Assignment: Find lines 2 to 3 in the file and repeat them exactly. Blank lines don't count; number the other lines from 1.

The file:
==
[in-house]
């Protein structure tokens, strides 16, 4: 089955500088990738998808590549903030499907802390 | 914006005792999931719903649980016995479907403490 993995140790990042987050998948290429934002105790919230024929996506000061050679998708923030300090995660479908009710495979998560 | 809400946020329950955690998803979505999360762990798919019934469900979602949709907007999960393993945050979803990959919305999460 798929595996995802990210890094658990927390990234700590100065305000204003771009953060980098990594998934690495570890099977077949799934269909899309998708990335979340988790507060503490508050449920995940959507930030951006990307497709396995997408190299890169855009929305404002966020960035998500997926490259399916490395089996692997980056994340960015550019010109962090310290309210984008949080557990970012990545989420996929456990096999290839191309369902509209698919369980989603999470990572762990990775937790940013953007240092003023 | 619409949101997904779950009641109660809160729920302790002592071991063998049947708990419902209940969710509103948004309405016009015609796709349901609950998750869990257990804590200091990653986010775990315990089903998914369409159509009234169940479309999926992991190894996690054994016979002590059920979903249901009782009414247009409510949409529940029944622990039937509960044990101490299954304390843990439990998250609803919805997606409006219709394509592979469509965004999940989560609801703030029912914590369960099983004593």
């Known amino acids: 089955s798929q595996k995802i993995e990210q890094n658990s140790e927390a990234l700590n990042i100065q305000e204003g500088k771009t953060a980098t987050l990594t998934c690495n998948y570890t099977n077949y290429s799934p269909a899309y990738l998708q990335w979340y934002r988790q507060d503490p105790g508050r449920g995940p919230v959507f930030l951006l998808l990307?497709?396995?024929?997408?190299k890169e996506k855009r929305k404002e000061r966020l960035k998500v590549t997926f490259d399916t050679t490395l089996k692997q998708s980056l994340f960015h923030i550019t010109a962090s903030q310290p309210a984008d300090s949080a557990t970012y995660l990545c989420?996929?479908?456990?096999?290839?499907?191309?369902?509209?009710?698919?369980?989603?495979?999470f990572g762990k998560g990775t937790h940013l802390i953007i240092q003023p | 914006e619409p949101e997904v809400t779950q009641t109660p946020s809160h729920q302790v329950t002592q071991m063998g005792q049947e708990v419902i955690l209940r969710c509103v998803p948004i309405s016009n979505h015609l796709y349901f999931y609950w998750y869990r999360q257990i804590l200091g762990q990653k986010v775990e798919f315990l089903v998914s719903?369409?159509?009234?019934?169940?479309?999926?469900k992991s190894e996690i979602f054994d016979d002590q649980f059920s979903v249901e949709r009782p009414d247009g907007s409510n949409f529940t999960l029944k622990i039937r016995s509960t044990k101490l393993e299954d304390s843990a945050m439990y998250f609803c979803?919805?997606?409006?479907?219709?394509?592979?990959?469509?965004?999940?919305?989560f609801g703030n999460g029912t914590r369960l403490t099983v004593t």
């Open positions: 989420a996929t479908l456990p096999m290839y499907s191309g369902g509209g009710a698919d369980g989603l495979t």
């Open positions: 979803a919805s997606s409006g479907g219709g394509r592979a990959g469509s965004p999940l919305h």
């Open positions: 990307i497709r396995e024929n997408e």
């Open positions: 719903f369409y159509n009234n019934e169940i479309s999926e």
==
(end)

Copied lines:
């Protein structure tokens, strides 16, 4: 089955500088990738998808590549903030499907802390 | 914006005792999931719903649980016995479907403490 993995140790990042987050998948290429934002105790919230024929996506000061050679998708923030300090995660479908009710495979998560 | 809400946020329950955690998803979505999360762990798919019934469900979602949709907007999960393993945050979803990959919305999460 798929595996995802990210890094658990927390990234700590100065305000204003771009953060980098990594998934690495570890099977077949799934269909899309998708990335979340988790507060503490508050449920995940959507930030951006990307497709396995997408190299890169855009929305404002966020960035998500997926490259399916490395089996692997980056994340960015550019010109962090310290309210984008949080557990970012990545989420996929456990096999290839191309369902509209698919369980989603999470990572762990990775937790940013953007240092003023 | 619409949101997904779950009641109660809160729920302790002592071991063998049947708990419902209940969710509103948004309405016009015609796709349901609950998750869990257990804590200091990653986010775990315990089903998914369409159509009234169940479309999926992991190894996690054994016979002590059920979903249901009782009414247009409510949409529940029944622990039937509960044990101490299954304390843990439990998250609803919805997606409006219709394509592979469509965004999940989560609801703030029912914590369960099983004593």
């Known amino acids: 089955s798929q595996k995802i993995e990210q890094n658990s140790e927390a990234l700590n990042i100065q305000e204003g500088k771009t953060a980098t987050l990594t998934c690495n998948y570890t099977n077949y290429s799934p269909a899309y990738l998708q990335w979340y934002r988790q507060d503490p105790g508050r449920g995940p919230v959507f930030l951006l998808l990307?497709?396995?024929?997408?190299k890169e996506k855009r929305k404002e000061r966020l960035k998500v590549t997926f490259d399916t050679t490395l089996k692997q998708s980056l994340f960015h923030i550019t010109a962090s903030q310290p309210a984008d300090s949080a557990t970012y995660l990545c989420?996929?479908?456990?096999?290839?499907?191309?369902?509209?009710?698919?369980?989603?495979?999470f990572g762990k998560g990775t937790h940013l802390i953007i240092q003023p | 914006e619409p949101e997904v809400t779950q009641t109660p946020s809160h729920q302790v329950t002592q071991m063998g005792q049947e708990v419902i955690l209940r969710c509103v998803p948004i309405s016009n979505h015609l796709y349901f999931y609950w998750y869990r999360q257990i804590l200091g762990q990653k986010v775990e798919f315990l089903v998914s719903?369409?159509?009234?019934?169940?479309?999926?469900k992991s190894e996690i979602f054994d016979d002590q649980f059920s979903v249901e949709r009782p009414d247009g907007s409510n949409f529940t999960l029944k622990i039937r016995s509960t044990k101490l393993e299954d304390s843990a945050m439990y998250f609803c979803?919805?997606?409006?479907?219709?394509?592979?990959?469509?965004?999940?919305?989560f609801g703030n999460g029912t914590r369960l403490t099983v004593t």